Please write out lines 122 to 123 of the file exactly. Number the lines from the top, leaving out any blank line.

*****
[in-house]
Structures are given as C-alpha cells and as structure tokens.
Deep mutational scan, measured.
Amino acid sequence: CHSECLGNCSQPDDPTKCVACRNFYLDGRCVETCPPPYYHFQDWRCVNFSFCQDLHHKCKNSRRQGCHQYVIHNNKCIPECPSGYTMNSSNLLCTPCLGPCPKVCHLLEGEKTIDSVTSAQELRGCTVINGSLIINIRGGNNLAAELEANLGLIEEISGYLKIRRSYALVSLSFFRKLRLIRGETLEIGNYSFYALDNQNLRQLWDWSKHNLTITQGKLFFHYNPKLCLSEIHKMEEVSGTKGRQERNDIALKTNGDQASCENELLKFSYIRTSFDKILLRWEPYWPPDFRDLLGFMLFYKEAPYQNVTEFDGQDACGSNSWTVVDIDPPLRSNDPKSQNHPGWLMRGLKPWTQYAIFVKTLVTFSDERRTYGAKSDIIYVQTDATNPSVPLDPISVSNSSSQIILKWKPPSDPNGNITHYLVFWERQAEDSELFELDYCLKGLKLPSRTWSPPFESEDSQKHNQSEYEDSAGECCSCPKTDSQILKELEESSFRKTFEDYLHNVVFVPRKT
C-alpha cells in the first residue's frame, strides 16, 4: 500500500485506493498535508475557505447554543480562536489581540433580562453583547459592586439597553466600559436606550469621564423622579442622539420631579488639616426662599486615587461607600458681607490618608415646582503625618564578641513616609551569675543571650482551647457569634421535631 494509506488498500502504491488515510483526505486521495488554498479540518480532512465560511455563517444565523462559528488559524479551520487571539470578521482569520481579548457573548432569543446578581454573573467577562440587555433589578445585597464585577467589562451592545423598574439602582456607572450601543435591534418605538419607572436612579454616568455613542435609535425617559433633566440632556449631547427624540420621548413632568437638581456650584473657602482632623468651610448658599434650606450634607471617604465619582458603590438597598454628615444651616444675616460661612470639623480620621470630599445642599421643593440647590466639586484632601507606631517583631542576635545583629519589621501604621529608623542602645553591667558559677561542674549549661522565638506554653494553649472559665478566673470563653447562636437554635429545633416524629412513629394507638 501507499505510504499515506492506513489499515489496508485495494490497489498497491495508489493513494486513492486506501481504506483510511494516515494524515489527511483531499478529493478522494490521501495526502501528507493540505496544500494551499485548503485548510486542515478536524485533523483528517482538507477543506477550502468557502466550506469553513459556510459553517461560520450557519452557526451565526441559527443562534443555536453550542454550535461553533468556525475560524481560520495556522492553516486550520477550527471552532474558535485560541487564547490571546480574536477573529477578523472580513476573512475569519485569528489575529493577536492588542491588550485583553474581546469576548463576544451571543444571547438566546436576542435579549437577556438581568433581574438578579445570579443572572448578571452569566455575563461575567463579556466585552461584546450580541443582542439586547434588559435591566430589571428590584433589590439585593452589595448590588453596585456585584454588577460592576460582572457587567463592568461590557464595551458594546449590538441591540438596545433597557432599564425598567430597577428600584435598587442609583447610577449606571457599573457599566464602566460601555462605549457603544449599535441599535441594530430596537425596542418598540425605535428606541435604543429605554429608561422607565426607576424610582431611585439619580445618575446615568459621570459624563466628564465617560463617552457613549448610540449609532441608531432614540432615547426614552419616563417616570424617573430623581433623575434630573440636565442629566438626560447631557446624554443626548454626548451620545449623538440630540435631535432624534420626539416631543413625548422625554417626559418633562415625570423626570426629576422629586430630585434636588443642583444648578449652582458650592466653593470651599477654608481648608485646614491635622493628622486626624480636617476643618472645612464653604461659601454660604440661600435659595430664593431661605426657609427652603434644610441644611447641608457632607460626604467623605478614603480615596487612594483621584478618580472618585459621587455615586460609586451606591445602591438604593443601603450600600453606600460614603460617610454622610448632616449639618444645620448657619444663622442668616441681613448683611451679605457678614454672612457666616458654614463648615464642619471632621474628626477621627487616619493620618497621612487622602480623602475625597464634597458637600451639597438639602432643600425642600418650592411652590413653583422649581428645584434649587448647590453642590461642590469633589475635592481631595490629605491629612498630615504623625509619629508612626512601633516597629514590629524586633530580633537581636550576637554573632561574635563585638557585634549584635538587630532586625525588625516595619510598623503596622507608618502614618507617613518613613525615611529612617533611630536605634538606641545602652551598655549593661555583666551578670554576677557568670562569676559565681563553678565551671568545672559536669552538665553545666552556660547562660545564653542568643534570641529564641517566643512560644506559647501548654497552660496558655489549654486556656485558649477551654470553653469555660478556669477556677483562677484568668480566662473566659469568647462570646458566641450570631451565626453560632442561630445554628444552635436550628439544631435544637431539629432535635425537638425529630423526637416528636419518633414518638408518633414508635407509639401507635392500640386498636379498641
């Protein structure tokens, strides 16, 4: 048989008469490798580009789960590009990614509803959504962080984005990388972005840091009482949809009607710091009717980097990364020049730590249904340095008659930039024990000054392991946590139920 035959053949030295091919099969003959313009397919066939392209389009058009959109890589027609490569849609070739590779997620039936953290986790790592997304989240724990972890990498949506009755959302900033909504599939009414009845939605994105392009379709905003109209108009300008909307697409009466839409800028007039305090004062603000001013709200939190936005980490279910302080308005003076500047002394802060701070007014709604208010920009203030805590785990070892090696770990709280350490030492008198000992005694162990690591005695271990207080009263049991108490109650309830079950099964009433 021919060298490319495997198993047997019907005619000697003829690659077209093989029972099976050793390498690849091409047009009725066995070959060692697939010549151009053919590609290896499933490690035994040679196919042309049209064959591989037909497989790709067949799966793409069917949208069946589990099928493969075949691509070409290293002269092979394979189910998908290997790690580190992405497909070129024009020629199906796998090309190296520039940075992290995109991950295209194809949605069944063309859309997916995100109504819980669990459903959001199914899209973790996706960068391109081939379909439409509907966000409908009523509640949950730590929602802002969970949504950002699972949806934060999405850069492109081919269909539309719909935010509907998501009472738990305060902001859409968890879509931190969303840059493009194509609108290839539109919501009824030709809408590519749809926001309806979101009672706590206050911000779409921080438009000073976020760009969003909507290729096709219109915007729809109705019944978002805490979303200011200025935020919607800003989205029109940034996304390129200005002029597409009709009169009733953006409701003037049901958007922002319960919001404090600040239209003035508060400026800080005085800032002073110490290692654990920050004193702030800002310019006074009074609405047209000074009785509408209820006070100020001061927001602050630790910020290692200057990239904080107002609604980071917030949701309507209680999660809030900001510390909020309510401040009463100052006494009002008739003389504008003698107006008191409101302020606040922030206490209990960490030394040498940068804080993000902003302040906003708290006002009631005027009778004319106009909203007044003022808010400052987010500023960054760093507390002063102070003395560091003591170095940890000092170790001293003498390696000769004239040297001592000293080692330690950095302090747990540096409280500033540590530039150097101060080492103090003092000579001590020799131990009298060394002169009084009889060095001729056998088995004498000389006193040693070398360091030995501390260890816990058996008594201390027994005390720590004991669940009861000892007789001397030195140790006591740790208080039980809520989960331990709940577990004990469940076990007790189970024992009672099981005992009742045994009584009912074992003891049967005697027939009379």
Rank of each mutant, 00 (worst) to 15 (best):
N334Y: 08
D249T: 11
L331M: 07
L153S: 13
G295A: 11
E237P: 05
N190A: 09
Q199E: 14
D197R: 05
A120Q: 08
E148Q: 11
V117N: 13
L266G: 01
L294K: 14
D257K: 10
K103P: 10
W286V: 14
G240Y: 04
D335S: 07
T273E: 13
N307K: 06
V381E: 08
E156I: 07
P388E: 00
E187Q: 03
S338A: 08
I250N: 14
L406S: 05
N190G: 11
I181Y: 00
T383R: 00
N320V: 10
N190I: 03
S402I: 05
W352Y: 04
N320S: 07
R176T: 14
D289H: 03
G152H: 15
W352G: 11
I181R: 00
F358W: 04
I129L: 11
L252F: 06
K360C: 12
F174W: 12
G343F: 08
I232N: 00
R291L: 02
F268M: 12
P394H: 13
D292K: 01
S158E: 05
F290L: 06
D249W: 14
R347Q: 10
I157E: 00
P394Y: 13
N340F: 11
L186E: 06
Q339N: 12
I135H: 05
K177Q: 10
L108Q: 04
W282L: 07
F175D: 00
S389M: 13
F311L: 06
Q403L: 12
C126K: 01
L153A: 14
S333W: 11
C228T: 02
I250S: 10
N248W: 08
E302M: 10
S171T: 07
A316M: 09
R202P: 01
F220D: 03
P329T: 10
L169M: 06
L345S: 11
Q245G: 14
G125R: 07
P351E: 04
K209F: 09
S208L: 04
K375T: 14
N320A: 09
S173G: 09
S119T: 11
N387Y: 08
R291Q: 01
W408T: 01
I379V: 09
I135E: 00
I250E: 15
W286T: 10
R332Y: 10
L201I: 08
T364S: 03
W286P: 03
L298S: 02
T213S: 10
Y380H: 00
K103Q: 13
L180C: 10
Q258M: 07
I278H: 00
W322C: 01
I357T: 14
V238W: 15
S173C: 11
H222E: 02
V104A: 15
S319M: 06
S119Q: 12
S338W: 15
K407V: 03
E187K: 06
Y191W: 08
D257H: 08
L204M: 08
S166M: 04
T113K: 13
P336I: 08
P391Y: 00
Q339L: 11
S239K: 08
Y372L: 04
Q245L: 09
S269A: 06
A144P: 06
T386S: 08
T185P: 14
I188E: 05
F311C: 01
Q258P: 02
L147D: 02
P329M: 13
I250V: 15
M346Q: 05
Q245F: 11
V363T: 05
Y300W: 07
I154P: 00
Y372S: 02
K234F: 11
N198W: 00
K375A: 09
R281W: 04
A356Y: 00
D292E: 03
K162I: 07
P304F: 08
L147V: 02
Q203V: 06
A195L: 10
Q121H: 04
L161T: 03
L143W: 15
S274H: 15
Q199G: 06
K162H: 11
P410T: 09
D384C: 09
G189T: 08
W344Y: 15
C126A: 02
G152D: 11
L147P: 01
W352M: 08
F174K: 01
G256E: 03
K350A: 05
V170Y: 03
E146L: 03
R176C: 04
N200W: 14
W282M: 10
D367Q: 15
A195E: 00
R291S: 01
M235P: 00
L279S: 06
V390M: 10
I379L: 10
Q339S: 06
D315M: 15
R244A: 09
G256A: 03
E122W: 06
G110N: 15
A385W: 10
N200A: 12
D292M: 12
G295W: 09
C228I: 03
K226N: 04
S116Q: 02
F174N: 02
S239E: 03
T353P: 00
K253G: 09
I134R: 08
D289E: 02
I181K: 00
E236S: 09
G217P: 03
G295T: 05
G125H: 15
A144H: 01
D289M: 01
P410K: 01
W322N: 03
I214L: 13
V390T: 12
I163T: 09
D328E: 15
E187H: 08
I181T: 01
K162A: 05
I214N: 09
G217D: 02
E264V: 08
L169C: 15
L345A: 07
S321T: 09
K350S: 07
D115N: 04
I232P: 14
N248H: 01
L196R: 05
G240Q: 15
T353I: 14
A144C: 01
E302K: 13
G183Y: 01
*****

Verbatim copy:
H222E: 02
V104A: 15